The renewed risk of global economic shocks following a sharp rise in tensions in the Middle East is likely to see local policymakers adopt a more cautious attitude towards monetary easing.
Following the killing of an Iran military general by the US on January 3, the possibility of conflict in the Middle East has seen volatility creep back into oil prices, threatening global growth.
The price per barrel of crude has oscillated between $65 and $72 in the past two weeks.
Oil importers like Kenya are, therefore, looking at higher import bills if higher prices take hold, with the attendant inflationary pressures as this is passed through to consumers.
Economists at NCBA said in a fixed income analysis the central bank’s Monetary Policy Committee, which cut the base lending rate by 50 basis points in November, is, therefore, likely hold the policy rate at 8.50 percent when it convenes on January 27.
“While the Kenyan economy has successfully shrugged off global shocks in recent years, a surge in oil prices will inevitably put some breaks to growth through higher cost of production, potential currency weakness and weaker consumer spending due to high inflation,” said NCBA in the report.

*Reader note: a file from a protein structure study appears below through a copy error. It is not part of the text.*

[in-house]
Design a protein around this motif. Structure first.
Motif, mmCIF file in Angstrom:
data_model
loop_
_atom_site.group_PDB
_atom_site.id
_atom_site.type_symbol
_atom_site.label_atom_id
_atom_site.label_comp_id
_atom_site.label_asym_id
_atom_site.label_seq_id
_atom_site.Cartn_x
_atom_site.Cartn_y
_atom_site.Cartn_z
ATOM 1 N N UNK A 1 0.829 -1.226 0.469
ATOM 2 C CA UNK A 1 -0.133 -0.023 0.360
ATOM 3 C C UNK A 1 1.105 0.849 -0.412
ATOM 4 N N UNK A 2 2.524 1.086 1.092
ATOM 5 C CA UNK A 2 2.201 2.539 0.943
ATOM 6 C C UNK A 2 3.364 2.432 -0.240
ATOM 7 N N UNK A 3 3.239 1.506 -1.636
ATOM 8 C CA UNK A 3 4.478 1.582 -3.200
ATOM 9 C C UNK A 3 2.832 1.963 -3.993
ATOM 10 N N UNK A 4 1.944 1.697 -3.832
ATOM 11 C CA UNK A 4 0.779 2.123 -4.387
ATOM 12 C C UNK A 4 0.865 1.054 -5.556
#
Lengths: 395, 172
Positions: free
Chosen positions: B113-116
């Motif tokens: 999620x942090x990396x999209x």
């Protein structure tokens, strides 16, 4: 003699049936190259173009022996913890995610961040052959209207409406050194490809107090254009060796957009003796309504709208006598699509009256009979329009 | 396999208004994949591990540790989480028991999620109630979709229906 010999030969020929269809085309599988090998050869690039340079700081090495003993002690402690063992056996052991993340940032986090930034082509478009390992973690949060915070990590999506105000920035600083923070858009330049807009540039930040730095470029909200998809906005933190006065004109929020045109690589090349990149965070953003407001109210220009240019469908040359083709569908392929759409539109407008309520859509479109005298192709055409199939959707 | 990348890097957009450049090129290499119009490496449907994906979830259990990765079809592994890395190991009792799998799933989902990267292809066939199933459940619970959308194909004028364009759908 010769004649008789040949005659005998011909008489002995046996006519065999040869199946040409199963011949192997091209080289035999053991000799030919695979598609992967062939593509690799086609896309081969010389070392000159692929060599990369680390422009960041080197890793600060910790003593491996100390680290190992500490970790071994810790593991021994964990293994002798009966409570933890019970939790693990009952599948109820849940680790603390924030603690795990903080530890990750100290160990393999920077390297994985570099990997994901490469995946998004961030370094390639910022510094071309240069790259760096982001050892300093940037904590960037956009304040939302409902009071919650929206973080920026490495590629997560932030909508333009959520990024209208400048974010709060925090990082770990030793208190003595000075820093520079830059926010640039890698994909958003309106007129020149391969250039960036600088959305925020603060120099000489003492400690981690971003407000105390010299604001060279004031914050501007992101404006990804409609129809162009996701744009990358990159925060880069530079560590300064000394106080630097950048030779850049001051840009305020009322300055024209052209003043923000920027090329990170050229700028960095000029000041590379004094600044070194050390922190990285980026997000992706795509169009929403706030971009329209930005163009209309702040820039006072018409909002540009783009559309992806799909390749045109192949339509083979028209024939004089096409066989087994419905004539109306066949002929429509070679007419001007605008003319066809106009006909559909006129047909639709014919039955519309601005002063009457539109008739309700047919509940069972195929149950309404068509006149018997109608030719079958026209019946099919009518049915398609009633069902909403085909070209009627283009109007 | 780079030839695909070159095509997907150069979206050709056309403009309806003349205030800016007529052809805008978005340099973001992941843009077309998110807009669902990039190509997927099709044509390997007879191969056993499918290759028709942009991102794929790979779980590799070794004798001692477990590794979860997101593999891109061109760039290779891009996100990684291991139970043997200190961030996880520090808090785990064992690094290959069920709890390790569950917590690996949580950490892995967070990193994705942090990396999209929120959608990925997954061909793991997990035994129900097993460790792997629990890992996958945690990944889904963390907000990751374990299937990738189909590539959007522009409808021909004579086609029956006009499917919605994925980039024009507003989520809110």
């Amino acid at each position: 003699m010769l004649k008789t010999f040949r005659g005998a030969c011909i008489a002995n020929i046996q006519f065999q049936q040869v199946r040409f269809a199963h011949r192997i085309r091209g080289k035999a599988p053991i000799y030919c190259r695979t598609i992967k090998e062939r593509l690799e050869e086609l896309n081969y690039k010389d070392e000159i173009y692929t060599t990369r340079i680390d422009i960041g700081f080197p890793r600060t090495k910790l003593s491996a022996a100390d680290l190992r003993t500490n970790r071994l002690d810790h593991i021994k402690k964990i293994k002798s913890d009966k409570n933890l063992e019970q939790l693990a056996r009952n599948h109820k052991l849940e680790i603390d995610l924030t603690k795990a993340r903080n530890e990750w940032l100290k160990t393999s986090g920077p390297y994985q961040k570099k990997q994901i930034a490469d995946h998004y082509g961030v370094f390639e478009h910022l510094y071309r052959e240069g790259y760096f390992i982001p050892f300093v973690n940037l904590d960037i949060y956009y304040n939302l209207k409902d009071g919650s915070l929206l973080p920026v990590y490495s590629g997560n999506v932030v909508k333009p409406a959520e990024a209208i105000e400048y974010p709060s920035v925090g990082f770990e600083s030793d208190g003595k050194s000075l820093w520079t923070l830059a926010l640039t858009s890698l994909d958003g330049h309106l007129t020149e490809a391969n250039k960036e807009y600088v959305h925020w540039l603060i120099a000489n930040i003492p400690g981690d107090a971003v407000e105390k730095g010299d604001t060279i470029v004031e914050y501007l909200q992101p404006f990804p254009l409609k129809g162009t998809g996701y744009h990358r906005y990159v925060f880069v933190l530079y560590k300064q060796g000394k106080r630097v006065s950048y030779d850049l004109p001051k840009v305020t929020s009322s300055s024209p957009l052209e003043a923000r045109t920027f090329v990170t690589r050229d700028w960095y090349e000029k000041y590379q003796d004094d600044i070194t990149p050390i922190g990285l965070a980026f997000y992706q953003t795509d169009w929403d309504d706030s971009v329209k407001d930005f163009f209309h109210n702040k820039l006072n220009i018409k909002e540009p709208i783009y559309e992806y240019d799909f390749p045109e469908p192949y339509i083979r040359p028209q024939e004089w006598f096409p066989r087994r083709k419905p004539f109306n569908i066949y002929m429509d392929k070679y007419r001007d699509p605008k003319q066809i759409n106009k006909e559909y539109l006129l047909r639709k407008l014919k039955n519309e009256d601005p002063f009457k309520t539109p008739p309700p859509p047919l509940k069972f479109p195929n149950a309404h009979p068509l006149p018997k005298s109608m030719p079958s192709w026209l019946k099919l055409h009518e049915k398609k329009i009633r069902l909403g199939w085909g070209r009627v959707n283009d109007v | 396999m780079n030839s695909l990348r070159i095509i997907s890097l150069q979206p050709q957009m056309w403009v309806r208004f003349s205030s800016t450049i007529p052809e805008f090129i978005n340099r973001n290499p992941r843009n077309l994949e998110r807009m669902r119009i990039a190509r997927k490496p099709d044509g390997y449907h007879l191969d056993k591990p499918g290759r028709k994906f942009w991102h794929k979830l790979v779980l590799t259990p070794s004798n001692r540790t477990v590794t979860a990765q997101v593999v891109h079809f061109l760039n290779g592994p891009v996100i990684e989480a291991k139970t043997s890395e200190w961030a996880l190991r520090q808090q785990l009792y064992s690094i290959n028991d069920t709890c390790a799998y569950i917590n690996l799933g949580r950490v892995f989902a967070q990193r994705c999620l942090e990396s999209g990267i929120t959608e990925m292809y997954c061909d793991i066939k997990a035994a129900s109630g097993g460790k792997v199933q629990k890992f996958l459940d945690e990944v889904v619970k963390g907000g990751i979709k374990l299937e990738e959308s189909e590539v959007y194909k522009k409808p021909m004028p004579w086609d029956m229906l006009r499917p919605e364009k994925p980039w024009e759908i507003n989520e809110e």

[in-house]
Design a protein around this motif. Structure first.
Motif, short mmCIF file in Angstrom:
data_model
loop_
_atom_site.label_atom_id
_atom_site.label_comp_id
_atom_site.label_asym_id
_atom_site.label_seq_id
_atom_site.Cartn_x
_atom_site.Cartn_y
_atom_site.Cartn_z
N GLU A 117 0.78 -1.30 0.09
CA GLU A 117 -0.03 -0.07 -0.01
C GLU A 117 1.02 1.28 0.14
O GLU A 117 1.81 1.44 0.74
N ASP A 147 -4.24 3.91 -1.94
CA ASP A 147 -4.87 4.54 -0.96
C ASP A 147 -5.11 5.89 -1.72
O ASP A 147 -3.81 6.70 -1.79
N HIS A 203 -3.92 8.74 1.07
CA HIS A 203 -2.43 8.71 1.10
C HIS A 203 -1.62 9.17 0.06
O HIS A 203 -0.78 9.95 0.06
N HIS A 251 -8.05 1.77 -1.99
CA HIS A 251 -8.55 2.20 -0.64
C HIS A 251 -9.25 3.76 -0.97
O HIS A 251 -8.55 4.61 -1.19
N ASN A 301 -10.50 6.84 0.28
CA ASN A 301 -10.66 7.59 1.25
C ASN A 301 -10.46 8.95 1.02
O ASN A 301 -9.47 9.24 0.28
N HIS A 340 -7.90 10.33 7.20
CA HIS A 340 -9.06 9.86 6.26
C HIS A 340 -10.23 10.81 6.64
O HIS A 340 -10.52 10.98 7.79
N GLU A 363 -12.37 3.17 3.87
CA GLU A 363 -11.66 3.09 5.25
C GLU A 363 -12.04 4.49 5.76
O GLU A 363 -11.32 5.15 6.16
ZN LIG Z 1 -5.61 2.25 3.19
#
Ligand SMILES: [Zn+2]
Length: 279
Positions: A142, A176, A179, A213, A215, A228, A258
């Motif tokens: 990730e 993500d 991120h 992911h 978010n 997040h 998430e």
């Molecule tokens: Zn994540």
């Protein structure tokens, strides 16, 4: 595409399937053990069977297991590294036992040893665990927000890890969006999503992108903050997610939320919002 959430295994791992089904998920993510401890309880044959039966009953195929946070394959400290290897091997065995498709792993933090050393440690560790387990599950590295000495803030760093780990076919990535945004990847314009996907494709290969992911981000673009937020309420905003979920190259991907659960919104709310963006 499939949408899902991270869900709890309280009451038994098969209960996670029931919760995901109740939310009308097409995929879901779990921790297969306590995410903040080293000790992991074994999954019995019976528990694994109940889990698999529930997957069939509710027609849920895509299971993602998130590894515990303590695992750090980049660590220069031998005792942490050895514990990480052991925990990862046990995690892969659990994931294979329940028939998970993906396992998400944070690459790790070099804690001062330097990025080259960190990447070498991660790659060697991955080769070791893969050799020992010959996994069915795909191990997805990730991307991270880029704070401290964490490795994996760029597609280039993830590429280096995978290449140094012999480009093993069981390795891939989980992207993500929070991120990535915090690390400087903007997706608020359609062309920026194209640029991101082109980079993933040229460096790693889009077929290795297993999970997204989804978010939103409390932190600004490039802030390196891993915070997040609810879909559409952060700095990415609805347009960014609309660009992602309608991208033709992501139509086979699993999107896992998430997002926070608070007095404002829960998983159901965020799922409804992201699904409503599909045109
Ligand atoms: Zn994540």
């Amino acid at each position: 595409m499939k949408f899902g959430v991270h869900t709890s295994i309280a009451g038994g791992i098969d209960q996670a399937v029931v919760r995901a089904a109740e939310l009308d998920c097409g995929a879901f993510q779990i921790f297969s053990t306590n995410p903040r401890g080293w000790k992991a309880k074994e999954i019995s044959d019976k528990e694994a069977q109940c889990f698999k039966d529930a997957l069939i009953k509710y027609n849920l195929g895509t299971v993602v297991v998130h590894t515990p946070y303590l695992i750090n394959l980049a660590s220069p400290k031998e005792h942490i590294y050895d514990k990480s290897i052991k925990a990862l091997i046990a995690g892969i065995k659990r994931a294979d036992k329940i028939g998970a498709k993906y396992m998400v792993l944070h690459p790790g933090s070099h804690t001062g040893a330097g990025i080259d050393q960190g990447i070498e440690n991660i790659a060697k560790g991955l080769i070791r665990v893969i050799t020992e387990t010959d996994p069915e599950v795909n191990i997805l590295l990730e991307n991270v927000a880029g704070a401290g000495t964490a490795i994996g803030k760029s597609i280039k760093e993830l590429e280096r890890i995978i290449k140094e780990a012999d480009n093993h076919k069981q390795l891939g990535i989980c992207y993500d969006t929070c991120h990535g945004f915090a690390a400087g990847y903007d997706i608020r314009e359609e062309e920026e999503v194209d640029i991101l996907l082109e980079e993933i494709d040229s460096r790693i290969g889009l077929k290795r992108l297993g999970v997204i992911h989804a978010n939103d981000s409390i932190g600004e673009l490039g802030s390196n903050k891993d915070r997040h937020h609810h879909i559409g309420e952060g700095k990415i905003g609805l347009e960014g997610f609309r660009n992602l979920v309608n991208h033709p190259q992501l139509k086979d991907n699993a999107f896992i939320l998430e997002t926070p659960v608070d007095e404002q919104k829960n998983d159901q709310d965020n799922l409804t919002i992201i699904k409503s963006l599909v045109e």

Inflation has been creeping up, touching a four-month high of 5.82 percent in December, further hurting the case for another rate cut.
“Additionally, the resultant inflationary pressures and broader uncertainty may invite caution among policy makers who may adopt a wait and see stance as they monitor the evolution of the said risks and other threats to the economy,” said the economists.
In the November meeting, the MPC resolved to cut the rate in a bid to stimulate private sector credit growth after the successful repeal of the rate cap law, as well as stability in the exchange rate and inflation.
The regulator appreciated that global uncertainties remain a factor, saying that the MPC would continue to monitor developments in the global and domestic economy, taking appropriate measures.